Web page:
Yes, Tennessee whiskey is different from bourbon. Inside the law, science and tradition

Danielle Dreilinger
The American South

It’s the question everyone asks: What’s the difference between Tennessee whiskey and bourbon?

The short answer: Tennessee whiskey is bourbon, made in Tennessee, with a key extra step.

Here's what makes Tennessee whiskey special.

The fine print

Though most people think of Kentucky when they think of bourbon, bourbon can in fact be made anywhere in the U.S. According to the federal Alcohol and Tobacco Tax and Trade Bureau, “bourbon whiskey” must be:

  • Distilled from a fermented mash of at least 51% corn
  • Stored in new, charred oak containers
  • Not more than 160 proof when it leaves the still
  • Not more than 125 proof when it enters the barrel
  • Bottled at no less than 80 proof
  • Made in the U.S.
Barrels of whiskey are being aged in one of the barrel warehouse at the Jack Daniel's Distillery in Lynchburg, Tenn. Feb. 26, 2016. This barrel warehouse holds more than 1 million gallons of whiskey.

Until 10 years ago, there was no legal definition of Tennessee whiskey. Then the industry, concerned about exploitation, pushed for parameters.

Tennessee whiskey is defined by the state. It must meet the federal definition for bourbon whiskey, plus be:

  • Manufactured in Tennessee
  • Aged in Tennessee
  • Filtered through maple charcoal before aging

The filtration step is named "the Lincoln County process" after the county in which Jack Daniel's sat when it originated the technique. The state later made Lynchburg the seat of a new county, Moore.

There’s one exception to the charcoal-filtration requirement. Prichard’s Distillery was grandfathered in because it had been making what it called “Tennessee whiskey” for 10 years without using the Lincoln County process. Ironically, Prichard's is in Lincoln County.

Additionally, as of 2016, “Tennessee moonshine,” which is very popular in the eastern part of the state, must be distilled in Tennessee.

The science: What is the Lincoln County process and what does it do?

Jack Daniel's Distillery tour guide William Grogan, right, a 20-year veteran of touring, holds up Caleb Driggers, 2, of Chicago as they examine the charcoal mellowing vat in the Lynchburg, Tenn., distillery May 12, 2002. Driggers was on the tour with his parents and baby sister.

Trent Kerley did his master’s research on the Lincoln County process and now works as a distiller at Sugarlands in Gatlinburg and Kodak.

Charcoal filtering for 24 hours essentially removed a particular category of chemicals, Kerley said: organic acids “that smelled like cheese, feet, vomit.” Treatment also lowered the “malty, rancid, fatty and popcorn” smells, and raised the pH.

That makes sense. The original purpose of charcoal filtration was to make a drinkable product right off the still, back in the moonshine days.

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What happens when that filtered whiskey goes into a barrel? Kerley didn’t have the bandwidth to examine that — the research continues at the University of Tennessee in Knoxville, he said. The differences might blossom. In the barrel, those organic acids react and turn into fruity aromas, Kerley said. Maybe removing some components allows certain reactions to go faster. The higher pH might change reaction speed.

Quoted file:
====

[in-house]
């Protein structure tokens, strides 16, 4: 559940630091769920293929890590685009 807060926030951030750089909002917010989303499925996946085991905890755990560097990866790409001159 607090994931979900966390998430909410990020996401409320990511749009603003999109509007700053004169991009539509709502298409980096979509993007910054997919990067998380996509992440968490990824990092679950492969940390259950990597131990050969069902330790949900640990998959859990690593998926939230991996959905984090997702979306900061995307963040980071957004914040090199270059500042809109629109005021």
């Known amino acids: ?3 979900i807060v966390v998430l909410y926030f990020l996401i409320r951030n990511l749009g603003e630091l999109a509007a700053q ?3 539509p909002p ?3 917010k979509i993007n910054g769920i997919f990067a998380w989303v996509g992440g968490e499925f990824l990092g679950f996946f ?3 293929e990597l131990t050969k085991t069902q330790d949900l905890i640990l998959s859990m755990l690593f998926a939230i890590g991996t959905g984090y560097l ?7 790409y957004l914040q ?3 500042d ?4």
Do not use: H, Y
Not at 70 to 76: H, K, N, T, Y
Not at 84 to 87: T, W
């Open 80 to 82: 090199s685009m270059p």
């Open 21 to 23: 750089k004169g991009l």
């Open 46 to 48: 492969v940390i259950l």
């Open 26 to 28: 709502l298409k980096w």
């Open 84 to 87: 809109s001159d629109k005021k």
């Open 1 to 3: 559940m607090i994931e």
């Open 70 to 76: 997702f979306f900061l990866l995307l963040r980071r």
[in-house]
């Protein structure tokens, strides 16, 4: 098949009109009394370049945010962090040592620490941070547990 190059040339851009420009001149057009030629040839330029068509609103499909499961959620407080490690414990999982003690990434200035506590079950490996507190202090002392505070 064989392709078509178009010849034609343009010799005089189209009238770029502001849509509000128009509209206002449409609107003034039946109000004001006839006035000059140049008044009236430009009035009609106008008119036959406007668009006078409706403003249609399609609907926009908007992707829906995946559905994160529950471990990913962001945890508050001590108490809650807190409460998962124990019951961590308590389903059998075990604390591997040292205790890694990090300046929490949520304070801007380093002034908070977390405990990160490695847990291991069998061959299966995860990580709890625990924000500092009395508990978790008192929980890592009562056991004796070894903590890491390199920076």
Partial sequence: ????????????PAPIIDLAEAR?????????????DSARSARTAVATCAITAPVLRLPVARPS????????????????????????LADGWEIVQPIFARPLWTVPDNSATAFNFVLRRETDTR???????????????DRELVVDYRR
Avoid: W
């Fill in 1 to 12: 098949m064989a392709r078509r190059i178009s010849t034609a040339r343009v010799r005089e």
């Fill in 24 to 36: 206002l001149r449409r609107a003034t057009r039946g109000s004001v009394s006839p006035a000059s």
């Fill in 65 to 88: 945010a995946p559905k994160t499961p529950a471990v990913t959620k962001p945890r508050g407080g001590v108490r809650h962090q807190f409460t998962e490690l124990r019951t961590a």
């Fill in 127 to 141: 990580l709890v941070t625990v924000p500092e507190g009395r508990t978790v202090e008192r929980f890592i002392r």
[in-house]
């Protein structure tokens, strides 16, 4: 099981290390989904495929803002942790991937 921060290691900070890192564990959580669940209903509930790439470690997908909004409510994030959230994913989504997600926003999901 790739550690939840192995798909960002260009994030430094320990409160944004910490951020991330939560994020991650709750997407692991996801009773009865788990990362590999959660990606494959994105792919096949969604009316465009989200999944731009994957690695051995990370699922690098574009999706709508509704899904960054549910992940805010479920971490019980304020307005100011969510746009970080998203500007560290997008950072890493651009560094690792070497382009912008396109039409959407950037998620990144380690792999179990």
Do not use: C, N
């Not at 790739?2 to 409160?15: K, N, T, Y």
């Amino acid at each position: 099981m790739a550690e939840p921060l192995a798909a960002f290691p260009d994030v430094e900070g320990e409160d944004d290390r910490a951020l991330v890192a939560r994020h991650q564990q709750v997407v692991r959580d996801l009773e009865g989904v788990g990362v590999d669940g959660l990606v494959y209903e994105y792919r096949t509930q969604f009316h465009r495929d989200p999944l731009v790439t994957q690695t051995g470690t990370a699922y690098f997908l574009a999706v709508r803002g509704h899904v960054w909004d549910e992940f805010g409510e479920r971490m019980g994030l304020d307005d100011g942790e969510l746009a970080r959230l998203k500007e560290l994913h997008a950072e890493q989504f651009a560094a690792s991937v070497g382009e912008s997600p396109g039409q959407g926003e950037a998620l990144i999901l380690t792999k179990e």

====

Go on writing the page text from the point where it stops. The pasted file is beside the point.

The biggest question for the lay drinker: What difference does this make in the mouth?

Taste and flavor

For decades, there were only two distillers in Tennessee: Jack Daniel's and George Dickel. Their products defined "Tennessee whiskey" as a whiskey with a smoother, sweeter flavor, with some of the edges rounded off.

That comes from two sources. One is the charcoal filtration. There’s a reason Jack Daniel's calls it charcoal mellowing. “It does make a whiskey more approachable,” Sugarlands master distiller Greg Eidam said.

Jack Daniel's employee Tracy Matlock burns a rick of sugar maple at the plant Nov. 28, 2006. The sugar maple is burned to make the charcoal through which Jack Daniel's whiskey is filtered.

The second source is the grain mash used to make the liquid: high in sweet corn, low in raspy rye.

“I think what defines a Tennessee whiskey, beyond the charcoal, is that low rye content,” Company Distilling master distiller Jeff Arnett said. He used to be master distiller at Jack Daniel's.

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But really, no one knows yet what Tennessee whiskey can be. A number of new Tennessee distillers, including both Sugarlands and Company, are beginning to distill, age, blend or release Tennessee-style whiskeys. They're experimenting with several parts of the process.

Legally, there’s room, lawyer Rob Pinson said. The state doesn't specify how much charcoal to use in filtration or how long the spirit has to stay in contact with it. (For that matter, it requires that the product be manufactured in Tennessee, but that can be as little as diluting a liquor distilled elsewhere.)

Famously, Jack Daniel’s uses 10 feet of charcoal, and whiskey takes three to five days to complete filtration. Sugarlands has a handful of barrels holding charcoal-filtered spirits, Eidam said. The distillery has been using significantly less than 10 feet of charcoal, specifically to keep more of a bourbon character. They're also testing different combinations of grains.

Eidam looked forward to tasting the results.

“You have two big boys who for the longest time defined what Tennessee whiskey is,” Eidam said. “Now we’re going to see what can be done with the Lincoln County process.”

Danielle Dreilinger is an American South storytelling reporter and the author of the book “The Secret History of Home Economics.” You can reach her at ddreilinger@gannett.com or 919/236-3141.